A detailed report from each visit, with suggestions for possible or necessary improvements and adjustments, is addressed by the Ombudsman to the management of the facility and its establishers. The Ombudsman also issues summary reports[1] of visits to a particular type of facilities (eg. homes for the erderly, psychiatric hospitals, prisons etc.), which can serve as a source of information for other professionals in the field. A total of three dozen publications have already been issued. Two more are expected to be added this year.

Forced Return Monitoring

In addition, since 2011, the Ombudsman has also been able to monitor deportations and transfers of foreign citizens as part of the prevention of ill-treatment. In ten years, the Office's staff has monitored 158 forced return operations. This has enabled the Ombudsman to point out that if foreigners are not properly prepared for their expulsion from the Czech Republic and do not have basic information about what awaits them, unnecessary stress and tension often arise during the expulsion process. This can also affect the course of their return and ultimately complicate the work of the escorting officers themselves. The Ombudsman has been instrumental in ensuring that the obligation to prepare foreigners for deportation is enshrined in law. Social workers now regularly provide foreigners with information regarding their departure from the Czech Republic and their arrival in their country of origin.

"Deportation from the Czech Republic can often take tens of hours. In some cases, it happened that the foreigner did not receive any food or drink for the journey and was thus often hungry. The ombudsman advocated that all foreigners, without distinction, should receive food and drink packages for their journey," says lawyer Anna Makarenko, describing one of the success stories. Challenges remain, however, she says, such as not allowing the Office's staff to monitor the progress of foreigners' deportation directly in escort vehicles.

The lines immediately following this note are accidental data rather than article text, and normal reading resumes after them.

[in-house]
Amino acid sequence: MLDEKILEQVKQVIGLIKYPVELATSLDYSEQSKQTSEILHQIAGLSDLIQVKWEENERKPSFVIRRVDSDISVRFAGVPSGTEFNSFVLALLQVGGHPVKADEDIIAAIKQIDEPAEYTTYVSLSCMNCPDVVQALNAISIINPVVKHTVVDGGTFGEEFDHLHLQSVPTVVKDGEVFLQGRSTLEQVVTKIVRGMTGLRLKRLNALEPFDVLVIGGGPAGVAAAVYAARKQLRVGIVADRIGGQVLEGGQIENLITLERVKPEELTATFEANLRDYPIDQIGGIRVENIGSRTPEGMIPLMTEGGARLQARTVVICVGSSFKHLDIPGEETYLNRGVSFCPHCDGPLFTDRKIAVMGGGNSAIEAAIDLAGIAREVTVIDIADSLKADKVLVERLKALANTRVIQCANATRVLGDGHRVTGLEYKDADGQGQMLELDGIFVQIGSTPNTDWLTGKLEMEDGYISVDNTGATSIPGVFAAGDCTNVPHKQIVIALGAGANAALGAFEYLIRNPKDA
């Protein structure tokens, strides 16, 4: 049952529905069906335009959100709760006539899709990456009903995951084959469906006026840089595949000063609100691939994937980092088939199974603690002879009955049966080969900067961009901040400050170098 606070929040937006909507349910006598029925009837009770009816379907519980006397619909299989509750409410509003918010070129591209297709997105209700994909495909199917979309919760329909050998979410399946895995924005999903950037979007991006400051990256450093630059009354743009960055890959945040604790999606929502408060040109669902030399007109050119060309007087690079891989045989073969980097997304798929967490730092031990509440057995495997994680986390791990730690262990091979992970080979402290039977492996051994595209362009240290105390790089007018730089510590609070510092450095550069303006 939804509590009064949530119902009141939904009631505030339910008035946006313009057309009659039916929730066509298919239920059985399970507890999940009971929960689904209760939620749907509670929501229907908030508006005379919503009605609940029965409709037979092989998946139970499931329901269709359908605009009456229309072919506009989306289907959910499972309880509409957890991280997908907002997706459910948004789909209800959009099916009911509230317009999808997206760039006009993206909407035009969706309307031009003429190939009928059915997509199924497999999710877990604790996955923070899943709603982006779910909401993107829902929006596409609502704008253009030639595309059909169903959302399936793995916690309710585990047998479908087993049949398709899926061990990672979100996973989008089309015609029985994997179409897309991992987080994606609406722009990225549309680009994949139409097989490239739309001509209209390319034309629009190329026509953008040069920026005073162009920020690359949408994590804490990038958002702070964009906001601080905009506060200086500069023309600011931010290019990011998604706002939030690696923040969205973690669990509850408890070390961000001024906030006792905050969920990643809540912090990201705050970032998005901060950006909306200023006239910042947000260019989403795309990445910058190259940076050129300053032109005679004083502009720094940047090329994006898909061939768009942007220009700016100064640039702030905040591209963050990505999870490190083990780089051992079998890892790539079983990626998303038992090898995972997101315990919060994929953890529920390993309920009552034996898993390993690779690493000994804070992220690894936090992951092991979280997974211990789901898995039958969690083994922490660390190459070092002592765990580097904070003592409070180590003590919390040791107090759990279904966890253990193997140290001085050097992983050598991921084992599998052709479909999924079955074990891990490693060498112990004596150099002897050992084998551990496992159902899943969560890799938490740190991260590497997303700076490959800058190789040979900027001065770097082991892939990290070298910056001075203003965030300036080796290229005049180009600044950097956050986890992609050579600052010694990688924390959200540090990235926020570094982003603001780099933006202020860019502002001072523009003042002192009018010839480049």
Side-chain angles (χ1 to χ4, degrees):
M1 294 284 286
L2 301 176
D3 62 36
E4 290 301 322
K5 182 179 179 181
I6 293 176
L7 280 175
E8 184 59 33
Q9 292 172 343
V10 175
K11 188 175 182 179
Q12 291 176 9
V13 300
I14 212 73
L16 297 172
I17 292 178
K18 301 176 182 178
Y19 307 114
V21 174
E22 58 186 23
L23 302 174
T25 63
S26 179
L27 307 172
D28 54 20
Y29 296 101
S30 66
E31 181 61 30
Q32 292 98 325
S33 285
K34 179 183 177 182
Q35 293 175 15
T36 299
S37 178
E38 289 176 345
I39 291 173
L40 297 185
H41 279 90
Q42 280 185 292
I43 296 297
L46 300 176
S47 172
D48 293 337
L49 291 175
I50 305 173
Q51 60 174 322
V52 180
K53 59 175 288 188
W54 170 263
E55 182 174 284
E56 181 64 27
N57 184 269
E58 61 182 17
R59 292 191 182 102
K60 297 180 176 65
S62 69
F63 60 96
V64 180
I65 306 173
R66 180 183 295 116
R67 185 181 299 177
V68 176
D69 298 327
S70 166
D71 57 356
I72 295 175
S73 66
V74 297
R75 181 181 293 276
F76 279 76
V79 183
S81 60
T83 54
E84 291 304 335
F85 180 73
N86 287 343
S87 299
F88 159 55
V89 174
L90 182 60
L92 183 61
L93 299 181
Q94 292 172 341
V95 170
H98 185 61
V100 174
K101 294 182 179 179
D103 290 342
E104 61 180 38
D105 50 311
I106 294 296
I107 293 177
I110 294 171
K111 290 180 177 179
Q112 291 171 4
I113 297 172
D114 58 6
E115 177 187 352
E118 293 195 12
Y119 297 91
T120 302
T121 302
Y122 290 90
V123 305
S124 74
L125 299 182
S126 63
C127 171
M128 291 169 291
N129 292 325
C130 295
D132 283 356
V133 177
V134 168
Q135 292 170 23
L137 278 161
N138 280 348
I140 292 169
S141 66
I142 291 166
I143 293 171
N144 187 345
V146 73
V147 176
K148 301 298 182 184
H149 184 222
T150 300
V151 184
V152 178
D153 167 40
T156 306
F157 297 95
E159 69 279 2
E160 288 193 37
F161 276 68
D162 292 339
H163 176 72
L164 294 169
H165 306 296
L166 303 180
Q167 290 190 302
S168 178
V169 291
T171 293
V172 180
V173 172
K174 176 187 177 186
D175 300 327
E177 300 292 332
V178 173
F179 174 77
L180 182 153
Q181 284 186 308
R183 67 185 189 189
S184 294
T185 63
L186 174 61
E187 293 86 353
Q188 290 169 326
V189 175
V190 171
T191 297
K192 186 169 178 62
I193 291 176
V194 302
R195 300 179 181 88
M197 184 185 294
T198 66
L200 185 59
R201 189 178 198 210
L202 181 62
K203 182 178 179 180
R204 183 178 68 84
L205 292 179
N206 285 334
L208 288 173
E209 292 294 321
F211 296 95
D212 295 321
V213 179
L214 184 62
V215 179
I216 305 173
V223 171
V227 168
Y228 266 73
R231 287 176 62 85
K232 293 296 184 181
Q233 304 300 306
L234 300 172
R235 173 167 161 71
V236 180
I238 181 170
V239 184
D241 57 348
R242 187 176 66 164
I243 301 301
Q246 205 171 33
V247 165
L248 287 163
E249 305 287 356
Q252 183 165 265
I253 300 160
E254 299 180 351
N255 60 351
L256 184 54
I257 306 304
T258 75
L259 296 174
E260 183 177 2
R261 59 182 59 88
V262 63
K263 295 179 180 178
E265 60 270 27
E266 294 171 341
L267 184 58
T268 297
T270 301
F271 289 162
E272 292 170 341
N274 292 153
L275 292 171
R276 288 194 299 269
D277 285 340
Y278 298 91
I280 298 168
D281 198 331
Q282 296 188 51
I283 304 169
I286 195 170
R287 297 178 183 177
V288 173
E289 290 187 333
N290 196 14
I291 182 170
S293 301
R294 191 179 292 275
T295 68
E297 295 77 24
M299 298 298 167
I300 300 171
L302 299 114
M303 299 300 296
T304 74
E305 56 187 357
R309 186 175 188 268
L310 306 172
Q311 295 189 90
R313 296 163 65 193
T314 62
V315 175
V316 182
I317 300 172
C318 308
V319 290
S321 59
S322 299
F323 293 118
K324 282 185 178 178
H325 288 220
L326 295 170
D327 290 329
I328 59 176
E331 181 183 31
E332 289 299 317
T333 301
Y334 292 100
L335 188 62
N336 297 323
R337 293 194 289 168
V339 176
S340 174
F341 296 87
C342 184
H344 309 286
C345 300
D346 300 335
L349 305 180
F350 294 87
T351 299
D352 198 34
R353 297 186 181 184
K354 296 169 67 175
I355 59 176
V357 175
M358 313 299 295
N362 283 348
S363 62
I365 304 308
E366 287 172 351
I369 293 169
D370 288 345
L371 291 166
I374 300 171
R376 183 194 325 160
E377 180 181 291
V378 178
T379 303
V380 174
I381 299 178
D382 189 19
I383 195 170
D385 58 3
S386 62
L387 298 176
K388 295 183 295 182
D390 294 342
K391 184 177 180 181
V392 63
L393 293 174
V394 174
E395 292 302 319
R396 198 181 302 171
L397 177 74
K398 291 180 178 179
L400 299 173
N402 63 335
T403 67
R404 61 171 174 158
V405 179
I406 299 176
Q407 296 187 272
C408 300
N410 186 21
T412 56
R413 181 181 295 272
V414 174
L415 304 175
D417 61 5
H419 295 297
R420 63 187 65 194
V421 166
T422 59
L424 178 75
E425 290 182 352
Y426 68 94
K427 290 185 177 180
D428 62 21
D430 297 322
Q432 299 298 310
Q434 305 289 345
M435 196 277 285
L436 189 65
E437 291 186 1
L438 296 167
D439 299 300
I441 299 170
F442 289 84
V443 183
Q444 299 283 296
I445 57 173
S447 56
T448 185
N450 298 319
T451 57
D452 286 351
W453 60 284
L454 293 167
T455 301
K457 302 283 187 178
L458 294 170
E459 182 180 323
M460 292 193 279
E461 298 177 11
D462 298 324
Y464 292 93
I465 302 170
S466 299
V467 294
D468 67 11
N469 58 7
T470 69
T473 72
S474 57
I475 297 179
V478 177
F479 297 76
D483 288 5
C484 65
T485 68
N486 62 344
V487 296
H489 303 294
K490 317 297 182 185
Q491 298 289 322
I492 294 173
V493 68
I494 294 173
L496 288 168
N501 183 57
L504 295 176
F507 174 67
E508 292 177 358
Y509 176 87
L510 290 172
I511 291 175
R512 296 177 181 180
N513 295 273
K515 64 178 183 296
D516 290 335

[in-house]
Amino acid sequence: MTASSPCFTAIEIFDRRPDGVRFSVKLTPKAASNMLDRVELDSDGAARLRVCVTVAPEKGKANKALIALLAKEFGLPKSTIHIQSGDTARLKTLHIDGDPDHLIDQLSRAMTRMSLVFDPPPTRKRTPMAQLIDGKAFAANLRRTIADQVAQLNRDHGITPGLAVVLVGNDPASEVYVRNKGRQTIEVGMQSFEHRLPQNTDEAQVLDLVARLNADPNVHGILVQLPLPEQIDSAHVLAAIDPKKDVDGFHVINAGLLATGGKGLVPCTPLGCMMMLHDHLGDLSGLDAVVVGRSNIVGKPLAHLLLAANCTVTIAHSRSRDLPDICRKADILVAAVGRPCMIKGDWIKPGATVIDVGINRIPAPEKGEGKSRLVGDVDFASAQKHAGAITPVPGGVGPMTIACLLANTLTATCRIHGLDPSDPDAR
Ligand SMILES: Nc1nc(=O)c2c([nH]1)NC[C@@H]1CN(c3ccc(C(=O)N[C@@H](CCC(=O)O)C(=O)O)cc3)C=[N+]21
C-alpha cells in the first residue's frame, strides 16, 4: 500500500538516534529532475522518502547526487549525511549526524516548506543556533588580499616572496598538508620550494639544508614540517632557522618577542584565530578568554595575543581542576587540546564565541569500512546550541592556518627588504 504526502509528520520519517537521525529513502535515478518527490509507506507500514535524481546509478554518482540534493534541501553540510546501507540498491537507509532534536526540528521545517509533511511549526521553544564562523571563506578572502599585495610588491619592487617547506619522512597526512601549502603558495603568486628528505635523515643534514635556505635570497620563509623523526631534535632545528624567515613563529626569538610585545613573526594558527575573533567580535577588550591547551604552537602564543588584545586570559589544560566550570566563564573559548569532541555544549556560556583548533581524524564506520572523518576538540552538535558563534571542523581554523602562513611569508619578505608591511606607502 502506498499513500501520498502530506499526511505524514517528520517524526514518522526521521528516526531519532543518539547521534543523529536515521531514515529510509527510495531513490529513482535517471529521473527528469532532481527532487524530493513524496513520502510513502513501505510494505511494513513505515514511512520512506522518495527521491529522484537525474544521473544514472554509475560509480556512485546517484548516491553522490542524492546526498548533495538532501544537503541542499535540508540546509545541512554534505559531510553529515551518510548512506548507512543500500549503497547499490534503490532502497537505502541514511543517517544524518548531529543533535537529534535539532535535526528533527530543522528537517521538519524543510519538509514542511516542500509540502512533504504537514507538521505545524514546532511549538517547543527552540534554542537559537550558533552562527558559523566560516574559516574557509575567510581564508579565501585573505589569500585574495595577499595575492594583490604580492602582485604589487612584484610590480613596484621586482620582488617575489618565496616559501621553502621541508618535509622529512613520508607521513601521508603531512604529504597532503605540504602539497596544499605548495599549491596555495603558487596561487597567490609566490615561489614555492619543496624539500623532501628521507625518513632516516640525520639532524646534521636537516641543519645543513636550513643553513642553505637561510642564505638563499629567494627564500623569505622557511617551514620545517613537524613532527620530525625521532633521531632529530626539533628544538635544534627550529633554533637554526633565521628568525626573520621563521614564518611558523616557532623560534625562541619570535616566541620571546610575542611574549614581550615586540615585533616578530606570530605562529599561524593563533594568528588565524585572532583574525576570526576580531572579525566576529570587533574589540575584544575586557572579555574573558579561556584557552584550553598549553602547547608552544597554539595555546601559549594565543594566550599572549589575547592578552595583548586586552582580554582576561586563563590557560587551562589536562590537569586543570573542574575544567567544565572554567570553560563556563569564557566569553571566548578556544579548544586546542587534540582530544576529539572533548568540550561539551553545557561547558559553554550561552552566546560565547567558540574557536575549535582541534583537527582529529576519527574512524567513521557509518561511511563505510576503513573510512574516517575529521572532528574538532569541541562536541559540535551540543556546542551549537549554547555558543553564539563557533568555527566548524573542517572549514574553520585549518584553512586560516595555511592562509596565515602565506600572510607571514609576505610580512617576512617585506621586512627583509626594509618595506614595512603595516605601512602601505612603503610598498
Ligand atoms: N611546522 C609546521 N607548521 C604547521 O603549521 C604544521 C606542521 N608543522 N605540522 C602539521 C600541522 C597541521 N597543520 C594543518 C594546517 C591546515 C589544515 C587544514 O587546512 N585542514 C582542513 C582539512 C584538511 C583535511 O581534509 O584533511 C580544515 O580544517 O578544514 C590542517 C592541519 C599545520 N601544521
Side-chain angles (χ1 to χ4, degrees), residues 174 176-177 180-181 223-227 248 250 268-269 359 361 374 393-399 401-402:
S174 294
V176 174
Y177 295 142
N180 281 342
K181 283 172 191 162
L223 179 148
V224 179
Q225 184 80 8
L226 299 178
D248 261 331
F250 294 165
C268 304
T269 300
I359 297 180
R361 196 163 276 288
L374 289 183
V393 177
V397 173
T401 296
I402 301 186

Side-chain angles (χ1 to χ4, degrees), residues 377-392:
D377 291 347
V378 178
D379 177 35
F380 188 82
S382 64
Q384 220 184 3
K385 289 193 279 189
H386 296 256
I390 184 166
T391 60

Future Challenges

The ombudsman would like to see systemic changes in other areas as well. For example, there is still no clear legal regulation of the rights and obligations of people in protective treatment. The Ombudsman also draws attention to the fragmentation of care for children at risk. This is shared between three ministries (the Ministry of Health, the Ministry of Education, the Ministry of Labour and Social Affairs) and divided between the state administration and local government and between the state and the non-state sector.

According to the ombudsman, the functioning of dozens of unregistered social service institutions is also problematic. Formally, they are mostly associations offering accommodation to their members. In practice, however, they operate as homes for the elderly and should therefore be registered as a residential social service under the law. The absence of state control always entails an increased risk that the elderly people accommodated will become victims of ill-treatment. In the case of unregistered facilities, there is absolutely no possibility of controlling the quality of the services provided, eg. whether clients are cared for by qualified staff, whether they live in satisfactory hygienic conditions and whether they actually receive the care they need.

Last but not least, the Ombudsman repeatedly calls on the legislator to create additional safeguards against ill-treatment of social services clients and patients in health care facilities and, as part of the legislative recommendations, calls for the introduction of an independent complaints mechanism in social services and the definition of the offence of 'ill-treatment'.


[1] All summary reports are available online in the Register of the Defender's Opinions by searching by the form of the Defender's findings „Souhrnná zpráva z návštěv zařízení - § 21a“.